The smoothness of this process has been helped by the fact that Finavia, the owner of Helsinki Airport, is also a navigation services provider – an unusual situation in European airport operations. Having all the expertise in-house means that all noise mitigation planning can be easily combined with airspace planning and the daily operations of air traffic controllers.

Finavia also maintains effective cooperation with Vantaa’s local government, which has led to a consensus forming on route-planning and runway use. Once this consensus is in place, the key to successful implementation, according to Viinikainen, is to proceed step by step.

“It’s very important that no drastic changes are made in the way the airport operates,” he says. “This is important from a noise management point of view because major changes always surprise people, no matter how well you inform them beforehand. Your message will never be heard by each and every citizen in the community. So when implementing any changes in the way runways operate or how flight tracks operate, or whatever, one should avoid trying to make drastic movements in one go.”

Reaching out

Two and a half thousand miles away in Lisbon lies Humberto Delgado Airport, which handled 20 million passengers in 2015. Predominately a European-focused airport, Lisbon also runs routes to the former Portuguese-colony cities in Brazil and Africa, as well as an increasing number of North American services.

Unlike Helsinki, Humberto Delgado is surrounded by densely populated suburbs, and so doesn’t have the
same degree of flexibility in terms of runway use.

In fact, so contentious is the issue of noise that plans have been in development since 2007 to build a new airport. In 2008, Alcochete – a military training facility located approximately 17 miles away, on the other side of the River Tagus – was announced as the new site, but the plans were shelved due to the Portuguese Government’s austerity programme. All the while, traffic at the existing airport has continued to grow at a rapid pace: passenger numbers hit 18 million in 2014, a two-million year-on-year increase.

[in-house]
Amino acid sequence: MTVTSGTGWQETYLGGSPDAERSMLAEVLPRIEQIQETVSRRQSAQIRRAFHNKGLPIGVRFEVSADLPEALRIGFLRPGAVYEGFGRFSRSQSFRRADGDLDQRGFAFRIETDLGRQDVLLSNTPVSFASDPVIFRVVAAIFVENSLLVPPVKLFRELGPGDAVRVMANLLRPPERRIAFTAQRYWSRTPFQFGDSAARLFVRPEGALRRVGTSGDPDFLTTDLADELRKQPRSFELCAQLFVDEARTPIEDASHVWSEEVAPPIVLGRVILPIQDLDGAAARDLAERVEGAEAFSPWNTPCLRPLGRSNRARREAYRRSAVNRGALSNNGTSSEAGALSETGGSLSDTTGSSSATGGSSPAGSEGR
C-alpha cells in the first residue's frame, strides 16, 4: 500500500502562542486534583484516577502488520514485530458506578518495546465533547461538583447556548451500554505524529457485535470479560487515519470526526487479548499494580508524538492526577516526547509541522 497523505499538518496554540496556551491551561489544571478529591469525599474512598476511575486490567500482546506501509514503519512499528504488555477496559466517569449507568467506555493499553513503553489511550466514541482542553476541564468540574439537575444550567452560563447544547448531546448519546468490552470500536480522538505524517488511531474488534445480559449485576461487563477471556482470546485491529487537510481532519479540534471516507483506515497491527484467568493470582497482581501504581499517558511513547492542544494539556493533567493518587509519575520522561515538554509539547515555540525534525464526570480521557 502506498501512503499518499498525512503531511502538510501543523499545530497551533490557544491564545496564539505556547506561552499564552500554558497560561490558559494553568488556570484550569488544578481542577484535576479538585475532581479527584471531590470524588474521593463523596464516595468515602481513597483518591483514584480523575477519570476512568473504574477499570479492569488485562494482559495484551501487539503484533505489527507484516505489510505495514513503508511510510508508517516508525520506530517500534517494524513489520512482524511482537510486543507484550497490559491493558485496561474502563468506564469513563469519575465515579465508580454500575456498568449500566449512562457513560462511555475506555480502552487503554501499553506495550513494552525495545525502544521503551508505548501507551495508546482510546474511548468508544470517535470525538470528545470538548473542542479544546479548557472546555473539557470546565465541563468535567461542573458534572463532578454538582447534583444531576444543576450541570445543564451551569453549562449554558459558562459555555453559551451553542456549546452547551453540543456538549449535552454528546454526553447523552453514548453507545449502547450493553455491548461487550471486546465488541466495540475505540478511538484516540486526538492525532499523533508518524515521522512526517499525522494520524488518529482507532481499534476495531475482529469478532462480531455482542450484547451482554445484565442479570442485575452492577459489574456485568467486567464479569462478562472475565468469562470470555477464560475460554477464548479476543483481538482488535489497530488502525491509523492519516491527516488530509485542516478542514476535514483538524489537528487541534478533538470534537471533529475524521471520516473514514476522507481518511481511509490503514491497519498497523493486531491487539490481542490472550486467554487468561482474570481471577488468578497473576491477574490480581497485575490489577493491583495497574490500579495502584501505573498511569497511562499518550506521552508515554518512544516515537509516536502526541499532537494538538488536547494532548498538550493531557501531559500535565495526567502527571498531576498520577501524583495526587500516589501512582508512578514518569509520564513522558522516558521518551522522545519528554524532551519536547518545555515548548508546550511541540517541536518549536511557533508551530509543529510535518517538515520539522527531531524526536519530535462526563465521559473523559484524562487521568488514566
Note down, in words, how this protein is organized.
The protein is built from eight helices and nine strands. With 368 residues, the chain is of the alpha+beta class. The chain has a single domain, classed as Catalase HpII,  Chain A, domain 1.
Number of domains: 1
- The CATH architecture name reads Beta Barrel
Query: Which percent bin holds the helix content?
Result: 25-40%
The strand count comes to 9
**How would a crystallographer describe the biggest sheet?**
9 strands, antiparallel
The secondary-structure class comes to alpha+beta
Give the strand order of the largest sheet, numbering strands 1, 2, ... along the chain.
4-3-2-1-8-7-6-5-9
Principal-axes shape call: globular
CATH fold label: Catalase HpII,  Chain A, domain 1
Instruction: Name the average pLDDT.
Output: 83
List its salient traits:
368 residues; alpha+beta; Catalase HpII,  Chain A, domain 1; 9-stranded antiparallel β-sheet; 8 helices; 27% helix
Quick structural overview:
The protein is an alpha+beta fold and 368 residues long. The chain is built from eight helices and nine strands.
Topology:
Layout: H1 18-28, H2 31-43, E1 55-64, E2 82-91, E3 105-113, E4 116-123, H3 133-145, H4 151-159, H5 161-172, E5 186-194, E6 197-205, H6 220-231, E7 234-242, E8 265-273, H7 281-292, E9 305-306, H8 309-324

Despite this challenging set of circumstances, the airport does its best to mitigate noise and mollify local residents. Beyond regulatory requirements to create a strategic noise map for every five-year period, Humberto Delgado undertakes constant noise monitoring through a network of seven fixed monitoring stations, as well as a portable station to monitor less accessible spots. This allows a decent impression to be formed of how the noise picture changes in real-time, providing a more accurate overall approach.

Outreach and incentives

Humberto Delgado has also learned to excel at the soft side of noise mitigation. Under the airport’s noise action plan (NAP) for 2013–18, airlines are encouraged to improve their environmental performance, with a reward for those who reveal the best of best practice.

The airport also provides acoustic insulation for residential buildings with sensitive uses that happen to be in areas most exposed to noise. According to Nuno Ferreira, the airport’s deputy director, this kind of outreach is of great importance.

“>Midfield Concourse houses cutting-edge technology according to an environmentally friendly design, with more than 35 green features to maximise the use of natural light and regulate indoor temperature.

“There’s a big concern with the dialogue between Humberto Delgado, local government and residents,”
he says. “In fact, the NAP and strategic noise maps are always submitted to public opinion, and to environmental authority approval, considering the community inputs… Likewise, the communities are also advised of air traffic changes, due to construction works or other factors, which can cause different noise levels from usual.”

Ferreira continues, “It’s also planned to carry out surveys addressed to residents and the public in general about the implementation of the measures in the plan, and then the publication of the results. Public
opinion is quite important to consider when defining action plans or noise abatement measures.”

Airport operators only have so much control over the environment and how that environment changes. Many airports that were built in remote areas eventually come up against the challenges of population growth and movement from city centres to suburbs. However, careful planning, plenty of data, and clear consultation and communication can go a long way towards mitigating this problem.